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A recent survey reported in Science (“Defeating Creationism in the Courtroom, but not in the Classroom”),  suggests that high school teachers are not teaching evolution to the fullest extent, say, that grammar is being taught in the English classroom. According to survey, biology teachers in high school do not often accept the basis of their discipline, as do teachers in probably all other disciplines (languages, math, etc.). Read more here: New York Times.

I took a little time to play with the data provided online along with the Science article. The data is available on the Science website along with the article, and the dataset I read into R is unchanged from the original. The states abbreviations file is here (as a .xls). Here goes:

I only played with two survey questions: q1b (no. of hours ecology is taught per year), and q1d (no. of hours evolution is taught per year). It seems that some states that teach a lot of ecology teach a lot of evolution, but I found no correlation between the two without extreme outliers. I couldn’t help but notice my home state, TX, is near the bottom of the list on both counts – go TX! The teaching of evolution on the map produced below is less predictable than I would have though just based on my assumptions about political will in each state.

# Analyses of Conditionality Data set of all variables, except for latitude, etc.
setwd("/Mac/R_stuff/Blog_etc/EvolutionTeaching/") # Set working directory
library(ggplot2)

# read in data, and prepare new columns
str(survey) # (apologies, I do realize that survey is a data object in the MASS package)

# Assign actual hours to survey answers
ecol <- gsub(1, 0, survey$q1b) ecol <- gsub(2, 1.5, ecol) ecol <- gsub(3, 4, ecol) ecol <- gsub(4, 8, ecol) ecol <- gsub(5, 13, ecol) ecol <- gsub(6, 18, ecol) ecol <- gsub(7, 20, ecol) evol <- gsub(1, 0, survey$q1d)
evol <- gsub(2, 1.5, evol)
evol <- gsub(3, 4, evol)
evol <- gsub(4, 8, evol)
evol <- gsub(5, 13, evol)
evol <- gsub(6, 18, evol)
evol <- gsub(7, 20, evol)

survey$ecol <- as.numeric(ecol) survey$evol <- as.numeric(evol)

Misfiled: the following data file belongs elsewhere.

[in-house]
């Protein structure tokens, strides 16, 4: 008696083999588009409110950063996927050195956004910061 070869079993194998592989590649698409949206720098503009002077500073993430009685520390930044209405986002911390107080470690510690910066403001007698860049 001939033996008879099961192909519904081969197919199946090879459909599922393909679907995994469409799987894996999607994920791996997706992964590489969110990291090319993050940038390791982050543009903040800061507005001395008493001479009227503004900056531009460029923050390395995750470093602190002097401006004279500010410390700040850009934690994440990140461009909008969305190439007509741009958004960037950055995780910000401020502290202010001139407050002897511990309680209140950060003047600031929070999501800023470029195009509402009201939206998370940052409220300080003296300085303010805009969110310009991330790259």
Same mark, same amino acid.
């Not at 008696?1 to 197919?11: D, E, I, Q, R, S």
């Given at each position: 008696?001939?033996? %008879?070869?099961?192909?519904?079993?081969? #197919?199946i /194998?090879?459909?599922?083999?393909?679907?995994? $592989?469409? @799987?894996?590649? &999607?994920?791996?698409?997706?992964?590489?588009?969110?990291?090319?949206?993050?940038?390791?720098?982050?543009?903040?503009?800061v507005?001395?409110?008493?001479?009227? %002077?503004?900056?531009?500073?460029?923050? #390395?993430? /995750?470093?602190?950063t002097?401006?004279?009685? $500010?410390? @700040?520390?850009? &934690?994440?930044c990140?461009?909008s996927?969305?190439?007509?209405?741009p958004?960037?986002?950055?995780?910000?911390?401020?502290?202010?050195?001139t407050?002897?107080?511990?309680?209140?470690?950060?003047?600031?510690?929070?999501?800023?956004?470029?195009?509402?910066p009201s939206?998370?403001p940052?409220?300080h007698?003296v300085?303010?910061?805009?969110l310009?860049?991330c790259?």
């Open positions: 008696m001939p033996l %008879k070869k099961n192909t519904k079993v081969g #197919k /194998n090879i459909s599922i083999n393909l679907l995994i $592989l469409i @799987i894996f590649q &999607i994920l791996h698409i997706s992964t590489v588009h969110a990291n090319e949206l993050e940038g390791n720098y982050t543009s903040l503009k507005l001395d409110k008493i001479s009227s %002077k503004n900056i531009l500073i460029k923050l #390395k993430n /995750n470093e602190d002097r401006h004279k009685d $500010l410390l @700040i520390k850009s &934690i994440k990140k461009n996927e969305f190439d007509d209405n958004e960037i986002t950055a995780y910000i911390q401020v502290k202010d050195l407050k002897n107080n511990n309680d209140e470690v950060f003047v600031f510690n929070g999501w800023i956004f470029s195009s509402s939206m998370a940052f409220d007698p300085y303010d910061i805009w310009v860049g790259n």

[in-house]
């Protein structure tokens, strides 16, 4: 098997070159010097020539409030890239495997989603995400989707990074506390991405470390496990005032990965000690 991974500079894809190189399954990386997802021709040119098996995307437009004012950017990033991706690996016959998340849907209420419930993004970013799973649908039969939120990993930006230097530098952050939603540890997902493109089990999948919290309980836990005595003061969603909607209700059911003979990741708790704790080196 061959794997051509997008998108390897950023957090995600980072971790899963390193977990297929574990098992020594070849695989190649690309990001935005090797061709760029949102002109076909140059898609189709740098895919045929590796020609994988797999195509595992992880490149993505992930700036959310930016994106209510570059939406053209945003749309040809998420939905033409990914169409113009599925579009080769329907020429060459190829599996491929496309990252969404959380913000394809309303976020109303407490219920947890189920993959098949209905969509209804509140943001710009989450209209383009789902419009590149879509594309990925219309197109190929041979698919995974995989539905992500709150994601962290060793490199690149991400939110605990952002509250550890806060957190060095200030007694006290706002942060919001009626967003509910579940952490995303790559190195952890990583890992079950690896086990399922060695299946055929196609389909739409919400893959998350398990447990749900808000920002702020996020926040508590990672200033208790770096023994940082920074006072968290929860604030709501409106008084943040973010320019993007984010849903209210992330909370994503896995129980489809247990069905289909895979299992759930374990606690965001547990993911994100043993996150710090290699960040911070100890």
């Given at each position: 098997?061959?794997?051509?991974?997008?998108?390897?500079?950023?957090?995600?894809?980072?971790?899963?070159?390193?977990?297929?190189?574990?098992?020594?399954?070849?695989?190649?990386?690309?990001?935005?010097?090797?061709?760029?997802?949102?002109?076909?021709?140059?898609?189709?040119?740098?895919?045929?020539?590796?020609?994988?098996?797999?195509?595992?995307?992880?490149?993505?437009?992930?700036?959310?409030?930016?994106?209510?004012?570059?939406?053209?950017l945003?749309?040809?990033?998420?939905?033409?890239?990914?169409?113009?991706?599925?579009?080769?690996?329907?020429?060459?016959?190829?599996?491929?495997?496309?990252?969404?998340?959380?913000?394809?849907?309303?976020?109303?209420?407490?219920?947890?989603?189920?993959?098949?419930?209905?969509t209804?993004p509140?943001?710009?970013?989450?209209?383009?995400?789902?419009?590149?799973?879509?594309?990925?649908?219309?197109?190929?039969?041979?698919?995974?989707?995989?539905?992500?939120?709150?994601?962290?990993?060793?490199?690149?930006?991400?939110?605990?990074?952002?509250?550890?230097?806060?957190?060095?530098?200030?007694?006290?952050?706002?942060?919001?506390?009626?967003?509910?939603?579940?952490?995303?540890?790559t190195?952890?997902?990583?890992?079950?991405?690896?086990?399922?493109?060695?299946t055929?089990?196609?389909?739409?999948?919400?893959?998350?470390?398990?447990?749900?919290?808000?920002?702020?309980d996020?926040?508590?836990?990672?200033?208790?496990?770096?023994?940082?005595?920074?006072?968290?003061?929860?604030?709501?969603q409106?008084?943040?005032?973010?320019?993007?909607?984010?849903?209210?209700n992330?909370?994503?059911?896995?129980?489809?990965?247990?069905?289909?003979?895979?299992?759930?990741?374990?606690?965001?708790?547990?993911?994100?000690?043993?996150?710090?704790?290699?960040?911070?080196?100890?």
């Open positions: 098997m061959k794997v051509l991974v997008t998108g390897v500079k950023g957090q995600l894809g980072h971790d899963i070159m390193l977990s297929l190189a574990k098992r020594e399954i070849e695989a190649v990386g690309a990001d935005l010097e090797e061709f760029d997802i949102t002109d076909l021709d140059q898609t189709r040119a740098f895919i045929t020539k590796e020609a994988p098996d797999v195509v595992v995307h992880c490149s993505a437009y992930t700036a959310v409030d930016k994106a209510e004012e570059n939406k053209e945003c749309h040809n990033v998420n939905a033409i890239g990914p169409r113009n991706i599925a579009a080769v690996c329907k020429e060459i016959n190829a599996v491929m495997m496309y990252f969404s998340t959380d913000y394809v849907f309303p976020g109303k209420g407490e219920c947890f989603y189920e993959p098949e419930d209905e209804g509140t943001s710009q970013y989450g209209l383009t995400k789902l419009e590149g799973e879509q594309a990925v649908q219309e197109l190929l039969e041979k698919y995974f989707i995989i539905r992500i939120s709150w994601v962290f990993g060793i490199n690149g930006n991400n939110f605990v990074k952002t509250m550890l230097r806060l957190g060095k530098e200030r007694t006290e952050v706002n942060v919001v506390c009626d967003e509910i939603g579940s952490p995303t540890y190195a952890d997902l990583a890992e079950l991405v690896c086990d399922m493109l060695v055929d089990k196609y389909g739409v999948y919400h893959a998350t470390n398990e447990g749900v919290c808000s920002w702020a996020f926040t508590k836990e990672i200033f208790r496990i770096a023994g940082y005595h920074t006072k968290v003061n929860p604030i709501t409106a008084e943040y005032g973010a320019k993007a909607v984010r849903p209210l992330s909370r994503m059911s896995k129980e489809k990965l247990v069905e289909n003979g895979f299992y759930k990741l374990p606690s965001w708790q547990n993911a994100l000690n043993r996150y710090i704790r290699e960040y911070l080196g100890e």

# ddply it
survey_sum <- ddply(survey, .(st_posta), summarise,
mean_ecol_hrs = mean(ecol, na.rm=T),
mean_evol_hrs = mean(evol, na.rm=T),
se_ecol_hrs = sd(ecol, na.rm=T)/sqrt(length(ecol)),
se_evol_hrs = sd(evol, na.rm=T)/sqrt(length(evol)),
num_teachers = length(st_posta)
)

# plotting
limits_ecol <- aes(ymax = mean_ecol_hrs + se_ecol_hrs, ymin = mean_ecol_hrs - se_ecol_hrs)
limits_evol <- aes(ymax = mean_evol_hrs + se_evol_hrs, ymin = mean_evol_hrs - se_evol_hrs)

ggplot(survey_sum, aes(x = reorder(st_posta, mean_ecol_hrs), y = mean_ecol_hrs)) +
geom_point() +
geom_errorbar(limits_ecol) +
geom_text(aes(label = num_teachers), vjust = 1, hjust = -3, size = 3) +
coord_flip() +
labs(x = "State", y = "Mean hours of ecology taught n per year (+/- 1 se)")



ggplot(survey_sum, aes(x = reorder(st_posta, mean_evol_hrs), y = mean_evol_hrs)) +
geom_point() +
geom_errorbar(limits_evol) +
geom_text(aes(label = num_teachers), vjust = 1, hjust = -3, size = 3) +
coord_flip() +
labs(x = "State", y = "Mean hours of evolution taught n per year (+/- 1 se)")

# map
try_require("maps")
states <- map_data("state")
survey_sum_ <- merge(survey_sum, statenames, by.x = "st_posta", by.y = "state_abbrev")
survey_sum_map <- merge(states, survey_sum_, by.x = "region", by.y = "state")
survey_sum_map <- survey_sum_map[order(survey_sum_map\$order), ]

qplot(long, lat, data = survey_sum_map, group = group, fill = mean_ecol_hrs, geom = "polygon")



qplot(long, lat, data = survey_sum_map, group = group, fill = mean_evol_hrs, geom = "polygon")